You guys, looking for a job is hard.
I think I’m doing it right. I’m reaching out to people, doing informational interviews, following up (even when it feels pushy), writing beautiful cover letters (if I do say so myself), applying for jobs (not as many as I should because beautiful cover letters take time) that sound interesting even if I don’t meet all of the qualifications listed (or if I look overqualified on paper). I read the advice columns. I follow up (almost) every lead I hear about. I bought a brand new suit and I showed up 20 minutes early for my latest interview at a staffing agency. I’ve set the ground work.
Now, I’m supposed to keep on keeping on. More applications, more informational interviews, more waiting. I’m supposed to be patient. Hiring takes time, I’m told, more time than anyone on either side of the process wants it to take. I could get an interview for a job I applied for three months ago. I could have an interview next week and get a job offer in August. It’s my job to be persistent and patient.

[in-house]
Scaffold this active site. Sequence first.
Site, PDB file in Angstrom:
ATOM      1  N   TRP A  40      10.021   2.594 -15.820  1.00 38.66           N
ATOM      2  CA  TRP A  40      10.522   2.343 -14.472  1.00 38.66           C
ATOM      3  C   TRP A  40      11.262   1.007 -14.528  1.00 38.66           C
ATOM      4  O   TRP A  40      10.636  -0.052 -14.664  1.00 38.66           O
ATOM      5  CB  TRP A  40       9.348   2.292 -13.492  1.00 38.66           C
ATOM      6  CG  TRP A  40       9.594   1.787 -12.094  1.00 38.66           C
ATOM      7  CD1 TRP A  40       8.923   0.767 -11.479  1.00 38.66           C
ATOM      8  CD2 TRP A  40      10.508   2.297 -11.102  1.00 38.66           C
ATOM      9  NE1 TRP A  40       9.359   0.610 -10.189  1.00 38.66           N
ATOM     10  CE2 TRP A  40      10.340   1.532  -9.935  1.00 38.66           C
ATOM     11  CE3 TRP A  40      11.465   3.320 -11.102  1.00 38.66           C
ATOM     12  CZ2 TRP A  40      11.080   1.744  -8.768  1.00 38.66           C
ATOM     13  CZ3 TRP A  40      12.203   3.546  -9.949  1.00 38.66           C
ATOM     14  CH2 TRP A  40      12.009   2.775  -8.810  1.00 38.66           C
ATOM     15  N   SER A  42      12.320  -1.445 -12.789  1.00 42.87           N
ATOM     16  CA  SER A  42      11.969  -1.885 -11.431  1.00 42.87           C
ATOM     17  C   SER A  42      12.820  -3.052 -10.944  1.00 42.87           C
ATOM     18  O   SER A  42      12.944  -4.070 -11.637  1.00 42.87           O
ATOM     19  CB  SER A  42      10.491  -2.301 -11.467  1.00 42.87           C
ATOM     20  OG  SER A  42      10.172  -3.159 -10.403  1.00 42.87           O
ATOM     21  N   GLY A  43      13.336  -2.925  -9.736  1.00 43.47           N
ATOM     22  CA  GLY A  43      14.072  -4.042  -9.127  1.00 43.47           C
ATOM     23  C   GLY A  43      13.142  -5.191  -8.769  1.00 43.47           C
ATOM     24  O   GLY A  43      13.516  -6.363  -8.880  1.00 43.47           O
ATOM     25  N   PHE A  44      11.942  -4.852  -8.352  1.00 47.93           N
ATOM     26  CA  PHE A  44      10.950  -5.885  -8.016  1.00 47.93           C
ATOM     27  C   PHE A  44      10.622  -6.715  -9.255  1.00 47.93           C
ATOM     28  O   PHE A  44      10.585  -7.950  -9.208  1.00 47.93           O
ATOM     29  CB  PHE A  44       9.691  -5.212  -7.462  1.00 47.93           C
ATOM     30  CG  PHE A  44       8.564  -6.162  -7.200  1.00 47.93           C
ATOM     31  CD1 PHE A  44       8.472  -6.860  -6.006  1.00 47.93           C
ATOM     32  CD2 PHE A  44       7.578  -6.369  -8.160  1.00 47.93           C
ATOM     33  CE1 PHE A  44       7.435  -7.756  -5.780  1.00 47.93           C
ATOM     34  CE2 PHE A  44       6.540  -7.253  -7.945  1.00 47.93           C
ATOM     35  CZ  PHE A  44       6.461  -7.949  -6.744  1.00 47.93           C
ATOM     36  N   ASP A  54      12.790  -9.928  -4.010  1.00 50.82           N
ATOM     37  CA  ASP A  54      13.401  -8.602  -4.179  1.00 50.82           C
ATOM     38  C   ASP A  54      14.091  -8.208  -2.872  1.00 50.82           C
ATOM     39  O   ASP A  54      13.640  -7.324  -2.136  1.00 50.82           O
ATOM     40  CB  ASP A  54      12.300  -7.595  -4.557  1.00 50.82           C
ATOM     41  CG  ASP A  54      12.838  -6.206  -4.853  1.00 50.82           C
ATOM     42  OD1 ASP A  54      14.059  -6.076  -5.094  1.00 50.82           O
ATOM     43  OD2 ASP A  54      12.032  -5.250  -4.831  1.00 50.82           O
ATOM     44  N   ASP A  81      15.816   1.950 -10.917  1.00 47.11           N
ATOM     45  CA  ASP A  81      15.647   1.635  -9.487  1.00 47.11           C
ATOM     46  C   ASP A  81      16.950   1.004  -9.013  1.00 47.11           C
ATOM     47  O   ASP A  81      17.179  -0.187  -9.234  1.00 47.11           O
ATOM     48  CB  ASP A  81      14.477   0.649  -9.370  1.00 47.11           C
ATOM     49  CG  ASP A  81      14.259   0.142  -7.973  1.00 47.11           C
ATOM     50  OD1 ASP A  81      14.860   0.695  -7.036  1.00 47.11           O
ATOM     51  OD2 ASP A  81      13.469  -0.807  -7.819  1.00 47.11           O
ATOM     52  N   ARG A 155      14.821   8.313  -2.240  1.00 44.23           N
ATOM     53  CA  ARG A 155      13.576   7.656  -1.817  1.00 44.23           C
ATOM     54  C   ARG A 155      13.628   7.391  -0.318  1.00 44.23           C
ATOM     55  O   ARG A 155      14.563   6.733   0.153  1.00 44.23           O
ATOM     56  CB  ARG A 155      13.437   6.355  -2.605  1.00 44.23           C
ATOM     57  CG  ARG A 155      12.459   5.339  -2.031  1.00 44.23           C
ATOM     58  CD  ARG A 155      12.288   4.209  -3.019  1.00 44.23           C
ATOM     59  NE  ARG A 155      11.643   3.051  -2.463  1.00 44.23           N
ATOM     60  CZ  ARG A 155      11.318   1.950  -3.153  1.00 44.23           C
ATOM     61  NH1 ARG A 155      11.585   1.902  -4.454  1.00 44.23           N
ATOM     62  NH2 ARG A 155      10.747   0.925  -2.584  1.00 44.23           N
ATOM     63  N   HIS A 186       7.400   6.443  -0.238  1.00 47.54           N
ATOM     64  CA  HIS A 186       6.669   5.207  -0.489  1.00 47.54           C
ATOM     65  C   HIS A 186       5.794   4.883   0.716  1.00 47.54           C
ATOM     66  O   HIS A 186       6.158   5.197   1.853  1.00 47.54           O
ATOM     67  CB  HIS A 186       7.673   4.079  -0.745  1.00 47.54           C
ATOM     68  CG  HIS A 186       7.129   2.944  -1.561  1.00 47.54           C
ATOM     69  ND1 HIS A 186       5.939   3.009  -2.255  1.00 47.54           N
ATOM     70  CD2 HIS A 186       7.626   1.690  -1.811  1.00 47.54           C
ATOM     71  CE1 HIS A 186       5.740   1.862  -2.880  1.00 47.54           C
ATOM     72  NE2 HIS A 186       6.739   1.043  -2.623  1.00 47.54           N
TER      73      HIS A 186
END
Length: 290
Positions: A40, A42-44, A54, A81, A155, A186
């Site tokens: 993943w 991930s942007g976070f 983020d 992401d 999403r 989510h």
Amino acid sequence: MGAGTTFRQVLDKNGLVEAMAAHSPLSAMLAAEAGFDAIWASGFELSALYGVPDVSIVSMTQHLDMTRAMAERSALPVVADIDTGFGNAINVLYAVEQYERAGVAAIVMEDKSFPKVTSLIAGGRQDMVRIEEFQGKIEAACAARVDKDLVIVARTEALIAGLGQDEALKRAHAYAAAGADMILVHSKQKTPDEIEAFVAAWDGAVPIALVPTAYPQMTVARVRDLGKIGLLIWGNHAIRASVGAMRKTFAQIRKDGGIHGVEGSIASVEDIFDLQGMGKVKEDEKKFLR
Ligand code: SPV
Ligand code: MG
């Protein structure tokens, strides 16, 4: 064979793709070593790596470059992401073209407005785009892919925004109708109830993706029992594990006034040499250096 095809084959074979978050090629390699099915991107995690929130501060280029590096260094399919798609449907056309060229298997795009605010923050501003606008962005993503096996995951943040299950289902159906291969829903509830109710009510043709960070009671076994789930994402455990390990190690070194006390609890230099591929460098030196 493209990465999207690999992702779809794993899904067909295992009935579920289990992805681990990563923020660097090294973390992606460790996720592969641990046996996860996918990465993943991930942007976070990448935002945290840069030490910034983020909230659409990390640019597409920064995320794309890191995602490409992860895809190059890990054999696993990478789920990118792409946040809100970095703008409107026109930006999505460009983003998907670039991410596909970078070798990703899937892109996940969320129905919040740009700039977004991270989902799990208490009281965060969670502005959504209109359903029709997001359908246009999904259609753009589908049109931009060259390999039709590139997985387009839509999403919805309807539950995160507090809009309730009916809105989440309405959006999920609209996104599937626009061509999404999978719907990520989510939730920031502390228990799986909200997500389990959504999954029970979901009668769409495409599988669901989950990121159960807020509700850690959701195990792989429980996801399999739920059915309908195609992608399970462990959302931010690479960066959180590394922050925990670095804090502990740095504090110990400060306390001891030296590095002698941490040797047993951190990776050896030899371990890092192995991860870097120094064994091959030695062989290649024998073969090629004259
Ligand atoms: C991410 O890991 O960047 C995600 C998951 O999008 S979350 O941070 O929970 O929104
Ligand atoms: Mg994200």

Persistence? I’ve got that. If I’ve gained anything from my PhD candidacy, it’s dogged persistence. I might kvetch, cry, and procrastinate, but I’ll keep at it. But patience? I was born without that particular gift. I look at my calendar filling up with informational interviews and wonder when one of them will turn into a real interview. I look at my bank account and wonder how low it’s going to get. I jump when the phone rings or the gmail notification chimes: maybe this is it. I am not patient. I want a job and I want it yesterday.
And yet, enough promising things are happening that, despite some days being full of fear and doubt and grouchiness, I’m optimistic. One of the ballsy (well, it seems ballsy to me but might just be assertive to normal people) things I did yesterday just paid off. I got an email from a person in a position of power about my application for a job at a company I’ve always wanted to work for. It’s not an interview, but it is my resume getting hand delivered to someone instead of being left to an HR system scanning for keywords. That’s a shot of adrenaline, to be sure.
So things are happening. And maybe I’ll get a job offer before the money runs out. But in the meantime, I’m going to have to learn how to enjoy the ride.